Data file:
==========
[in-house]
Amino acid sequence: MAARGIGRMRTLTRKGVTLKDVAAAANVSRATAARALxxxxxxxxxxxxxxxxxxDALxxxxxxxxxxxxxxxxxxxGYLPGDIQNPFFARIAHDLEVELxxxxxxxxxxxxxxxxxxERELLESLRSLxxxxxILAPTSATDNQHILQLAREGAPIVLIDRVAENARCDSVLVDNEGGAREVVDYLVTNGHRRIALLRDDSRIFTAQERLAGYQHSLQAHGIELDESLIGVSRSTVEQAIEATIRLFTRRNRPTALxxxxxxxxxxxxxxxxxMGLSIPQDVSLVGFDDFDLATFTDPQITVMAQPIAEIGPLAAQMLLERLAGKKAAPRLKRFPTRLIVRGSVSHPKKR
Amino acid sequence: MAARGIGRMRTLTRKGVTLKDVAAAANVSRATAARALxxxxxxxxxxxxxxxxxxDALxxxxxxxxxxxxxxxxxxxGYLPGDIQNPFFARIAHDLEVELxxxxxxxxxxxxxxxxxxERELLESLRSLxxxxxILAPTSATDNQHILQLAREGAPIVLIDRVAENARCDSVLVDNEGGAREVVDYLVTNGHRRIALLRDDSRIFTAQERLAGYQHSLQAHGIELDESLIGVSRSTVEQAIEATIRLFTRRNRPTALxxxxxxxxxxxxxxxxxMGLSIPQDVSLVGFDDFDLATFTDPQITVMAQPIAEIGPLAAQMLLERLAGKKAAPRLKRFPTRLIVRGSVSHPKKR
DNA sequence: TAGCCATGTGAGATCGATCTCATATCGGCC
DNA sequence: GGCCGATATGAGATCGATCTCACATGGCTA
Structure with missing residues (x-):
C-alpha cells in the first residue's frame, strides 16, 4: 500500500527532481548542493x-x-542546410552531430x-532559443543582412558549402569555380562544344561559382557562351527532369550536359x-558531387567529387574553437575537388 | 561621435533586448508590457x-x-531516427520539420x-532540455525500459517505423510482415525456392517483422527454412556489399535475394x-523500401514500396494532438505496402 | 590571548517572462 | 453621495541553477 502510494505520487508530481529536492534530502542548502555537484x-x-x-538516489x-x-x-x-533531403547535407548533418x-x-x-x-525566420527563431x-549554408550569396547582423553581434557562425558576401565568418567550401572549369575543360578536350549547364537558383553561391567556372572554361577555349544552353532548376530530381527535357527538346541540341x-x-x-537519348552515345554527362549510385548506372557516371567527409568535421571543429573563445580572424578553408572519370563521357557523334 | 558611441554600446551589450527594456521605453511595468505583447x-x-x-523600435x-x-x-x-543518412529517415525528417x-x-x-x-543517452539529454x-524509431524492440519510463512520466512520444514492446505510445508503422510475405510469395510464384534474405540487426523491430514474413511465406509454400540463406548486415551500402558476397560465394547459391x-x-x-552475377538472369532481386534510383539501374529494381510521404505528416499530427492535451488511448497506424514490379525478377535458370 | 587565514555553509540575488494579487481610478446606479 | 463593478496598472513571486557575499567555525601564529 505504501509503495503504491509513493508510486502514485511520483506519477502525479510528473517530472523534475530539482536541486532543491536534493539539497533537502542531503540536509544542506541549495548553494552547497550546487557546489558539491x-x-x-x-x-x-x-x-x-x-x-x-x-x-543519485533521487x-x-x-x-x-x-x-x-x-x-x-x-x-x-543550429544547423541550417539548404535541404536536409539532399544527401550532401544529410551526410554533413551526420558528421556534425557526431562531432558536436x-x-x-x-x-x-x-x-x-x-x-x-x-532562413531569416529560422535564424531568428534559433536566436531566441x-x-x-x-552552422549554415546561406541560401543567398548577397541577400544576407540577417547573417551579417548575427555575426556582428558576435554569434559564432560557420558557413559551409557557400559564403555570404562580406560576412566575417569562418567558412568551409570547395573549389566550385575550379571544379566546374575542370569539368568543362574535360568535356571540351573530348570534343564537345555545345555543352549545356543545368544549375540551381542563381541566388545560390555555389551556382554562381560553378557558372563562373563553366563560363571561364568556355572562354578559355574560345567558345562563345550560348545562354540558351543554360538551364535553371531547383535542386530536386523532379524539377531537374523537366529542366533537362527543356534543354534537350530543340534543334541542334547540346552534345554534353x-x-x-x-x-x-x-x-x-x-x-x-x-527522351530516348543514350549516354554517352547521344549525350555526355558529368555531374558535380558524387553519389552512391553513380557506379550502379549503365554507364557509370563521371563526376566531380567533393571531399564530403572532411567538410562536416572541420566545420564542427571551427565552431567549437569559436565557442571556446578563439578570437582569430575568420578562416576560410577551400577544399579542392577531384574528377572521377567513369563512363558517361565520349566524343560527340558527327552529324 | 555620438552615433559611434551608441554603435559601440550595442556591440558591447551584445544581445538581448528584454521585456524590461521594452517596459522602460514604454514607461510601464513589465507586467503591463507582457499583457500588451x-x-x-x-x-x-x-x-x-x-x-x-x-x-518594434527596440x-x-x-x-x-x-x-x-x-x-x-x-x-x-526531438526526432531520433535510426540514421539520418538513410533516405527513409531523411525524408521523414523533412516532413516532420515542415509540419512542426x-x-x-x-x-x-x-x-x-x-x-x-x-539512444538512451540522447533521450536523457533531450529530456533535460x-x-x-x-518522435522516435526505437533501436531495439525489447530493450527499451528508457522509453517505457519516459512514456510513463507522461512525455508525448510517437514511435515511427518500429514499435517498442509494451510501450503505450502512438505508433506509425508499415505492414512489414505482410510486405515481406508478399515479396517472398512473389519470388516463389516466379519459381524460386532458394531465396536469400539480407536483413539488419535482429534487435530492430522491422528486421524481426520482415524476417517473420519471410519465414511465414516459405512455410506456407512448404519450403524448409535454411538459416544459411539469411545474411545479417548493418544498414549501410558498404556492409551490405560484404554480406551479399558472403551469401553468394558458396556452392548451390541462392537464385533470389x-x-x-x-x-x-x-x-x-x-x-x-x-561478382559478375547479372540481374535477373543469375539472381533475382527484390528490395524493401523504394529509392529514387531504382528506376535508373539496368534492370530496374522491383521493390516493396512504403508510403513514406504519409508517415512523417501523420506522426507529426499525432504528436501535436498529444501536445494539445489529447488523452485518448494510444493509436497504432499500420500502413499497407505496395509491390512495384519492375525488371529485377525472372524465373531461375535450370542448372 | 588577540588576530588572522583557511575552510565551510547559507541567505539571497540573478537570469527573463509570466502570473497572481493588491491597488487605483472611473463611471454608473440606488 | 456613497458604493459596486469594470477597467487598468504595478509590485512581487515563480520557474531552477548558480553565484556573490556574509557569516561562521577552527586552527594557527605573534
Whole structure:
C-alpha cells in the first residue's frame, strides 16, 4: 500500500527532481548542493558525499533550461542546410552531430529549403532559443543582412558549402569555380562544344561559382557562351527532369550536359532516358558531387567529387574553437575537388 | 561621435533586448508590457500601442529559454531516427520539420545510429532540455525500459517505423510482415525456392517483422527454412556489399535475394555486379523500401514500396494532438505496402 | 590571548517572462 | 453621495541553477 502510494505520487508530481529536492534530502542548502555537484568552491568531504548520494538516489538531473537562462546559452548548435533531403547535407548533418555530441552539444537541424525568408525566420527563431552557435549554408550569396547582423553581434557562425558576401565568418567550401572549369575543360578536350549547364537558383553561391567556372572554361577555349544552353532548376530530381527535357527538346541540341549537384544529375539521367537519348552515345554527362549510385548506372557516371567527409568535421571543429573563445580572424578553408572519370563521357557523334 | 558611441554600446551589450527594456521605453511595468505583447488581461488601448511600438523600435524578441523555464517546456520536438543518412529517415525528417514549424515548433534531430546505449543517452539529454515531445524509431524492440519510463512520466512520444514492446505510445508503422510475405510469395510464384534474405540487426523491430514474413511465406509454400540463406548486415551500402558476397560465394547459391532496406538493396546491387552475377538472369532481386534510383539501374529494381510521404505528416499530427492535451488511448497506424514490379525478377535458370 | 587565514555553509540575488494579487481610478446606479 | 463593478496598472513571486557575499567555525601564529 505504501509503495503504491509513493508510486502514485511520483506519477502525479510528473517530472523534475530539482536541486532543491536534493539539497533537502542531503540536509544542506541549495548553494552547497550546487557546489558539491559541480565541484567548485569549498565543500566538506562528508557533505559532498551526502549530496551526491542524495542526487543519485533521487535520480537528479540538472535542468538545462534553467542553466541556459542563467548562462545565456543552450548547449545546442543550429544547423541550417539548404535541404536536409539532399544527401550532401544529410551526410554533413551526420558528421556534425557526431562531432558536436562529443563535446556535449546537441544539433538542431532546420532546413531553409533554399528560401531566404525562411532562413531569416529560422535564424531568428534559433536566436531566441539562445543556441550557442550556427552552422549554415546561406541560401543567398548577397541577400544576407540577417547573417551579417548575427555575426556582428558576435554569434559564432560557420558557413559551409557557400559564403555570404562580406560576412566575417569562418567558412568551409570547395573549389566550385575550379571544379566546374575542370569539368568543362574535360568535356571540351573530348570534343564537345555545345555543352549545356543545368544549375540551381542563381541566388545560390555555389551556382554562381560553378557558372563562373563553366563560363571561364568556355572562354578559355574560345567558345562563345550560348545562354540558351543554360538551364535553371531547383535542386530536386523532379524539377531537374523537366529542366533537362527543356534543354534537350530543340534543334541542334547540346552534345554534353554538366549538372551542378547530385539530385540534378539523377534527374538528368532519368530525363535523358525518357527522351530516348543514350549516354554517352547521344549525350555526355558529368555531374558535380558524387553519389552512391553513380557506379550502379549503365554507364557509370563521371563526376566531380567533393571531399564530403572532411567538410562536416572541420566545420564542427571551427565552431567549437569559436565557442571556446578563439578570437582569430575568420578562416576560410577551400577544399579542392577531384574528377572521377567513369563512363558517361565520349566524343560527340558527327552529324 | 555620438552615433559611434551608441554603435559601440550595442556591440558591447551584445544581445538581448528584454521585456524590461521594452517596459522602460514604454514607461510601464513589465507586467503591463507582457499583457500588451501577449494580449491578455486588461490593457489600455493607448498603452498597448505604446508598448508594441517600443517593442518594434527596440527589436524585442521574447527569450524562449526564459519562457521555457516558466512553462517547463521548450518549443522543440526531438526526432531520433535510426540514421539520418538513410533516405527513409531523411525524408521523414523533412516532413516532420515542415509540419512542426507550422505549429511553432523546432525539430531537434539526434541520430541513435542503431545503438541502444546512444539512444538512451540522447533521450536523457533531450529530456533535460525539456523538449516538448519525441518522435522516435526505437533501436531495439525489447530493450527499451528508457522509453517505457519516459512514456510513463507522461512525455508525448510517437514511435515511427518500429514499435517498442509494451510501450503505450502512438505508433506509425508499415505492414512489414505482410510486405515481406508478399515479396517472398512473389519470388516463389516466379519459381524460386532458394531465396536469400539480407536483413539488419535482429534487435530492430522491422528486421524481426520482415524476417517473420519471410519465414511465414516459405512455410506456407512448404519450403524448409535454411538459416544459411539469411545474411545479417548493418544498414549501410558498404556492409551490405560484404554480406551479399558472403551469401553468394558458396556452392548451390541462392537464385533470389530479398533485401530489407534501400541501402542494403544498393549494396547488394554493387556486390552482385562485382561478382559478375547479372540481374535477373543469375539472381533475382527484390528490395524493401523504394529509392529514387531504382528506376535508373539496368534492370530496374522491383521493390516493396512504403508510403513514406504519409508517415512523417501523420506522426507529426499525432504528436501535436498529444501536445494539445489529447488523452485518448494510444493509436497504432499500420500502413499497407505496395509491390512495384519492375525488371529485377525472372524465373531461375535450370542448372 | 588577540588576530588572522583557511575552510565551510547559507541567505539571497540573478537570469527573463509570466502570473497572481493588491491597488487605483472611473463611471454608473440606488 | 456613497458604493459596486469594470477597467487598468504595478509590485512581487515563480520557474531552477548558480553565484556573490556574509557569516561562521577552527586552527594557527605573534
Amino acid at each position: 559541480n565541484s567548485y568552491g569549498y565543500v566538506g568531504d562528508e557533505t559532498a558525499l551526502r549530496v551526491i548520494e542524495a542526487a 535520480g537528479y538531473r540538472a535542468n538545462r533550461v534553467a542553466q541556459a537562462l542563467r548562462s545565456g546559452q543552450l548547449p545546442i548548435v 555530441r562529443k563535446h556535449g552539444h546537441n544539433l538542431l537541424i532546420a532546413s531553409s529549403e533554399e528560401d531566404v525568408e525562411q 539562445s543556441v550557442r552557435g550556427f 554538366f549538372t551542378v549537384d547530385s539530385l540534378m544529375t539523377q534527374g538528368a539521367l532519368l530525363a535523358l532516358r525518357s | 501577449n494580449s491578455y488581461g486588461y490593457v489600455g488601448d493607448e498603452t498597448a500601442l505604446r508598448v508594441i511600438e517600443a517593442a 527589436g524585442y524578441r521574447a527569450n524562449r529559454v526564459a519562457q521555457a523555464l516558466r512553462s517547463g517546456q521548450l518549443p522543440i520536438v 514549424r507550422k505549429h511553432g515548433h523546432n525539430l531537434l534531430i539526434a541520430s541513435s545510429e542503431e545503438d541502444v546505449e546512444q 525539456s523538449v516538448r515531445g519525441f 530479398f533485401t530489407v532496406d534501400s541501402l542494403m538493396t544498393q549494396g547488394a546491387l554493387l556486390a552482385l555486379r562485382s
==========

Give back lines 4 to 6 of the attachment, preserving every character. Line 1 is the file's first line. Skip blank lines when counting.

DNA sequence: TAGCCATGTGAGATCGATCTCATATCGGCC
DNA sequence: GGCCGATATGAGATCGATCTCACATGGCTA
Structure with missing residues (x-):